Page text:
Wednesday, August 17, 2011

Flexibility and Focus

Looking over the 100 year history of the Mission, there is one thing we've "always done": preaching the gospel. The many other services we've incorporated over the years--feeding the hungry, sheltering the homeless, clothing the needy--are results of our mission rather than the whole of it. There are other services, too, that have come and gone, depending on ability and need. And we are grateful that we can stay true to our core purpose of preaching the gospel while being flexible enough to adjust through the years.

Recently, an article in the paper featured a local agency's backpack giveaway and mentioned that this is a service no longer provided by the Mission. What they failed to explain was that the number of men, women, and children we are sheltering has more than doubled in the past few months. The need for food has also increased. As a result, we've utilized that flexibility to adjust the "results" of our mission, while holding fast to our original purpose. Instead of providing a child a backpack, we are providing a roof over his head, food for him and his family, a safe place to go during the day, a shower and the things necessary for cleanliness and health, and a measure of stability in a world that can seem increasingly hostile to a child unsettled due to poverty and homelessness.

Last night, there were 6 more men staying at the men's shelter than we had beds. They slept on mattresses on the floor of the chapel. There were 106 single women, mothers, and children at the women and children's shelter. One hundred and seventy two people, not counting men in our Life Transformation Program, were under our care and received help not only for their physical needs but also for their spiritual ones. This is an amazing opportunity, as each person represents a life, a living soul, that is being impacted by those who choose to support the City Rescue Mission. People who choose to "be a rescuer."

Rather than focusing on all the "could haves" and "what ifs," let us take some time to be grateful for what we do have. Times are difficult, for those we shelter and for the Mission, as funds are stretched more than at any time in our past. Friends, fellow rescuers, do not grow weary in well doing! You are making a difference. Thank you for your compassion and for helping us help others!

Wednesday, August 3, 2011

From Where I Sit...

This morning was our monthly staff meeting, and I felt somewhat "out of joint." Maybe it's working on the "centennial book" that has me feeling rather sentimental. Or the rather gray overcast that's been hovering over Michigan's capital city these past few days. Whatever the reason, I sat back in the corner, sunk into my folding chair, and smiled, somewhat benevolently, on the chatter going on around me. Sherri, shelter manager, was sharing information with Tiffany, our women and children's shelter director. Gina, administrative assistant, was chatting with Amanda, one of our intake coordinators. Dave, a coordinator at the men's shelter, was smiling and sharing a joke with Mike, our Biblical counselor. Tabby was talking animatedly to Abby (yes, Tabby to Abby). To the side, Mark, our executive director was speaking with Russ, our former director of volunteers, who's about to embark on a new ministry in Nicaragua. All around was talk and smiles, and the chairs in the classroom had filled well before the 8 a.m. meeting was scheduled to start.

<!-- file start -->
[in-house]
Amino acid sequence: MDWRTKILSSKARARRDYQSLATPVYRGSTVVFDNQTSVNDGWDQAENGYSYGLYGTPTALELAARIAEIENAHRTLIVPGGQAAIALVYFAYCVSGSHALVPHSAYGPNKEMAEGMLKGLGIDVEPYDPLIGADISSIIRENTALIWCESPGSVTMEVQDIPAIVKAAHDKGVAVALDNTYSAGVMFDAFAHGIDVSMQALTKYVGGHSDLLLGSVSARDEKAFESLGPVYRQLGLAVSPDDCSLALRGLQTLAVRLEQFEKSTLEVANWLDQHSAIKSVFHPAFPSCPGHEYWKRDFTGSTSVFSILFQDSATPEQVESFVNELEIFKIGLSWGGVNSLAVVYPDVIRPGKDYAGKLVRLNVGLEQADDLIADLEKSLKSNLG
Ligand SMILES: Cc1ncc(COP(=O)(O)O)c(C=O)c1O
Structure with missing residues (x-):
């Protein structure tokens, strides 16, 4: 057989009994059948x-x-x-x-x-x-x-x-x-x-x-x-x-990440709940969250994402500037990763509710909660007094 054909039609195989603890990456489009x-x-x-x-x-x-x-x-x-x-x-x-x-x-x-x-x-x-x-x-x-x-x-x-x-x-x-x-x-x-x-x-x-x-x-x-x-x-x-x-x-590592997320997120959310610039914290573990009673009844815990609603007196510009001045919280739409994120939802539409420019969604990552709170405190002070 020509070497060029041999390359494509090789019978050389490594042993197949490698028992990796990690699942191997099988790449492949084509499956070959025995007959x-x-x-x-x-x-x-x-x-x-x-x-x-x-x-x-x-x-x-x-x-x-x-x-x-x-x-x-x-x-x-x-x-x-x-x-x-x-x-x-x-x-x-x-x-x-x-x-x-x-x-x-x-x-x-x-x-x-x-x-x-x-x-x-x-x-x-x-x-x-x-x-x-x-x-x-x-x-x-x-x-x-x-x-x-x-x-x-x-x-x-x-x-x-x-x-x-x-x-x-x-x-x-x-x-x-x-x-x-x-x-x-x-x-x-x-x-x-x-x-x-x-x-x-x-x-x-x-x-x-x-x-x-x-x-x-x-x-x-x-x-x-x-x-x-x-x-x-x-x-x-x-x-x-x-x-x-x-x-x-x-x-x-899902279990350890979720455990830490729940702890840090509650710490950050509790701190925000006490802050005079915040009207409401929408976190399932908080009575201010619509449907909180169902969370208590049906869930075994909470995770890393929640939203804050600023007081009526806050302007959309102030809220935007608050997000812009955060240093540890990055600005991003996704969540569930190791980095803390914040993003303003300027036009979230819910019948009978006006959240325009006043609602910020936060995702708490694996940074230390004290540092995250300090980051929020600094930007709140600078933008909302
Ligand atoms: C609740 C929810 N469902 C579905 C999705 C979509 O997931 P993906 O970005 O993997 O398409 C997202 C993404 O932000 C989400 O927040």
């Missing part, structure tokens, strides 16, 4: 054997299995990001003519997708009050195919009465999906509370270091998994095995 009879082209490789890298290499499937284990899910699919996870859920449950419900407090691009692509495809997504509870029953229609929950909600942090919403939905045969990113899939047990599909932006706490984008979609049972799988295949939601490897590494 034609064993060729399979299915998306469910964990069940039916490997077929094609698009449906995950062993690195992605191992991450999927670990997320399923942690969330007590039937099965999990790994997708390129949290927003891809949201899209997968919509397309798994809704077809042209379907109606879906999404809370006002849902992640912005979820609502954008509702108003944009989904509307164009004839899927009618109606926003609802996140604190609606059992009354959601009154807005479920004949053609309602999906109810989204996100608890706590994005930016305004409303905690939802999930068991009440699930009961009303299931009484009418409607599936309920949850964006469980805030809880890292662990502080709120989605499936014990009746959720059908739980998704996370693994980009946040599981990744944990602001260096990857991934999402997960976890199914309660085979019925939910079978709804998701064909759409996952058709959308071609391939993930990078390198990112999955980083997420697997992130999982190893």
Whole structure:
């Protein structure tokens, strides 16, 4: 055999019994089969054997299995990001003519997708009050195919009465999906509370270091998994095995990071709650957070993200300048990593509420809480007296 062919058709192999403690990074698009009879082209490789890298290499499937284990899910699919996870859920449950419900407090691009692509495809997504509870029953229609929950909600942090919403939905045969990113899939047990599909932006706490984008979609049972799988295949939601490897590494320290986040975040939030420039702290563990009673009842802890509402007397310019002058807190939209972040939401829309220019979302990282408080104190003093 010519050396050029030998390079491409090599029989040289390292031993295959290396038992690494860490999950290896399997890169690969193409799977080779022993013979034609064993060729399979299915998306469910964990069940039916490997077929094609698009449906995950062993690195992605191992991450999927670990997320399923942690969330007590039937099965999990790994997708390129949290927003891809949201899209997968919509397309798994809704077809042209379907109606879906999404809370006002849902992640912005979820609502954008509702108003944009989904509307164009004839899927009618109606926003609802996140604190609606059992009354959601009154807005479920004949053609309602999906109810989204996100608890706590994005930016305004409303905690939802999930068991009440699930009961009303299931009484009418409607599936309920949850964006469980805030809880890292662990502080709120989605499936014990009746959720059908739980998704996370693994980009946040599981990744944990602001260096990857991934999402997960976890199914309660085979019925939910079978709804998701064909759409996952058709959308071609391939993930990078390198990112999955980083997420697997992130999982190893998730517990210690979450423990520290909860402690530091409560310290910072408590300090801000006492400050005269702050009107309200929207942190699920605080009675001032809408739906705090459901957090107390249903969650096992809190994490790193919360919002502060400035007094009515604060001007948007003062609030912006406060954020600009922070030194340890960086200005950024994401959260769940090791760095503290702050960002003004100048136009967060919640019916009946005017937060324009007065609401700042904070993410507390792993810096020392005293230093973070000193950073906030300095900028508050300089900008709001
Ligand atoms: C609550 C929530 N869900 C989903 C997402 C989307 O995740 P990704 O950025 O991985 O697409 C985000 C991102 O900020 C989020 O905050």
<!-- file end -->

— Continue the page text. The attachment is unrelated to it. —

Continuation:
It was our monthly staff meeting. A chance to share not only our concerns and prayer requests but also to reconnect as a group of people united for the single purpose of "rescuing" men, women, and children in need.

For just a few moments, I was out of time and place, as I looked at the gathering around me and compared it to 100 years ago, when the Mission was just born. Today, there were roughly forty pairs of hands clasped in prayer. That day so long ago, there were two. For some reason, I can picture them very clearly. Thomas was about forty seven, just recently saved, Emily only a year or so younger, had been praying for her his salvation for a decade. Everything was all so new. And they were not, by any means, wealthy people, with the goal of sharing their wealth with those in need. They were people who had very little, but what they did have, they gave. From such humble roots, the Mission has grown to serve hundreds of men, women, and children every day.

Sometimes, we'll get letters from donors, who lament that they have not more to give. Who apologize for not being able to give more. The very fact that they give anything at all, whether it be money, food, or prayers, is a blessing; it is all needed. Every gift, no matter how "humble" in the eyes of the giver, makes a difference, just as it did that first day nearly 100 years ago.

Thank you for your compassion and faithfulness. Thank you for being a rescuer.